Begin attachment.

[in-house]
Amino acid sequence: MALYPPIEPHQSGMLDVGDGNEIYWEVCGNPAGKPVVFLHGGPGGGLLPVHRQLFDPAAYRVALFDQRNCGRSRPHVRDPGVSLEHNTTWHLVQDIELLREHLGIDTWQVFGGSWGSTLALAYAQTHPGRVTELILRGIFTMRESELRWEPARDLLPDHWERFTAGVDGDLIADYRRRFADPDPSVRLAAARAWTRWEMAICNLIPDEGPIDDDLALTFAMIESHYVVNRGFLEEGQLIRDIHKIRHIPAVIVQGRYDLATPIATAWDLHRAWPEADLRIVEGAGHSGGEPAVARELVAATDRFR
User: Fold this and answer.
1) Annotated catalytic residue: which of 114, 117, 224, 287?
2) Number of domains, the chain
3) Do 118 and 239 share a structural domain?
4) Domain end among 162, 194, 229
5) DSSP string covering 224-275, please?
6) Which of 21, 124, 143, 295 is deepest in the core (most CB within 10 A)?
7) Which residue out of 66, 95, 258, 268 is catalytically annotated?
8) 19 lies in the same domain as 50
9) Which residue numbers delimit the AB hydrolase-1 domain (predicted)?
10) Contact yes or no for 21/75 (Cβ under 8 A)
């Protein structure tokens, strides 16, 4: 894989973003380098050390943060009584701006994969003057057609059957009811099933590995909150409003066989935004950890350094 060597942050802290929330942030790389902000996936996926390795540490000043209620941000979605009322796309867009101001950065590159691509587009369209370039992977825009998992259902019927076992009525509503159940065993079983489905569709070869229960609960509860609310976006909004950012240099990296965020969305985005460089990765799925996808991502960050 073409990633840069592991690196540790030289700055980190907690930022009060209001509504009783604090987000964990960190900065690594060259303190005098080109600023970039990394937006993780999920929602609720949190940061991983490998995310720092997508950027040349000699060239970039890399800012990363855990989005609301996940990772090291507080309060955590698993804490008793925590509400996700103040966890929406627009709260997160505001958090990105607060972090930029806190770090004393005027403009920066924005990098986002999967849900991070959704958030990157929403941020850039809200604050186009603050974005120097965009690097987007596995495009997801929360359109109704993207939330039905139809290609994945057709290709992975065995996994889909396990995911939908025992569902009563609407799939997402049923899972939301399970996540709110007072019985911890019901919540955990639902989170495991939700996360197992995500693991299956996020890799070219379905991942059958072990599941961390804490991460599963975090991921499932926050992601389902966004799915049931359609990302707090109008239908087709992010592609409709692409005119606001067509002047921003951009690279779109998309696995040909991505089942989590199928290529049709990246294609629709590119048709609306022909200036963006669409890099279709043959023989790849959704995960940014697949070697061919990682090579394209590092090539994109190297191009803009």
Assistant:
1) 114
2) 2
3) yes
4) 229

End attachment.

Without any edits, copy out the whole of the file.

[in-house]
Amino acid sequence: MALYPPIEPHQSGMLDVGDGNEIYWEVCGNPAGKPVVFLHGGPGGGLLPVHRQLFDPAAYRVALFDQRNCGRSRPHVRDPGVSLEHNTTWHLVQDIELLREHLGIDTWQVFGGSWGSTLALAYAQTHPGRVTELILRGIFTMRESELRWEPARDLLPDHWERFTAGVDGDLIADYRRRFADPDPSVRLAAARAWTRWEMAICNLIPDEGPIDDDLALTFAMIESHYVVNRGFLEEGQLIRDIHKIRHIPAVIVQGRYDLATPIATAWDLHRAWPEADLRIVEGAGHSGGEPAVARELVAATDRFR
User: Fold this and answer.
1) Annotated catalytic residue: which of 114, 117, 224, 287?
2) Number of domains, the chain
3) Do 118 and 239 share a structural domain?
4) Domain end among 162, 194, 229
5) DSSP string covering 224-275, please?
6) Which of 21, 124, 143, 295 is deepest in the core (most CB within 10 A)?
7) Which residue out of 66, 95, 258, 268 is catalytically annotated?
8) 19 lies in the same domain as 50
9) Which residue numbers delimit the AB hydrolase-1 domain (predicted)?
10) Contact yes or no for 21/75 (Cβ under 8 A)
């Protein structure tokens, strides 16, 4: 894989973003380098050390943060009584701006994969003057057609059957009811099933590995909150409003066989935004950890350094 060597942050802290929330942030790389902000996936996926390795540490000043209620941000979605009322796309867009101001950065590159691509587009369209370039992977825009998992259902019927076992009525509503159940065993079983489905569709070869229960609960509860609310976006909004950012240099990296965020969305985005460089990765799925996808991502960050 073409990633840069592991690196540790030289700055980190907690930022009060209001509504009783604090987000964990960190900065690594060259303190005098080109600023970039990394937006993780999920929602609720949190940061991983490998995310720092997508950027040349000699060239970039890399800012990363855990989005609301996940990772090291507080309060955590698993804490008793925590509400996700103040966890929406627009709260997160505001958090990105607060972090930029806190770090004393005027403009920066924005990098986002999967849900991070959704958030990157929403941020850039809200604050186009603050974005120097965009690097987007596995495009997801929360359109109704993207939330039905139809290609994945057709290709992975065995996994889909396990995911939908025992569902009563609407799939997402049923899972939301399970996540709110007072019985911890019901919540955990639902989170495991939700996360197992995500693991299956996020890799070219379905991942059958072990599941961390804490991460599963975090991921499932926050992601389902966004799915049931359609990302707090109008239908087709992010592609409709692409005119606001067509002047921003951009690279779109998309696995040909991505089942989590199928290529049709990246294609629709590119048709609306022909200036963006669409890099279709043959023989790849959704995960940014697949070697061919990682090579394209590092090539994109190297191009803009």
Assistant:
1) 114
2) 2
3) yes
4) 229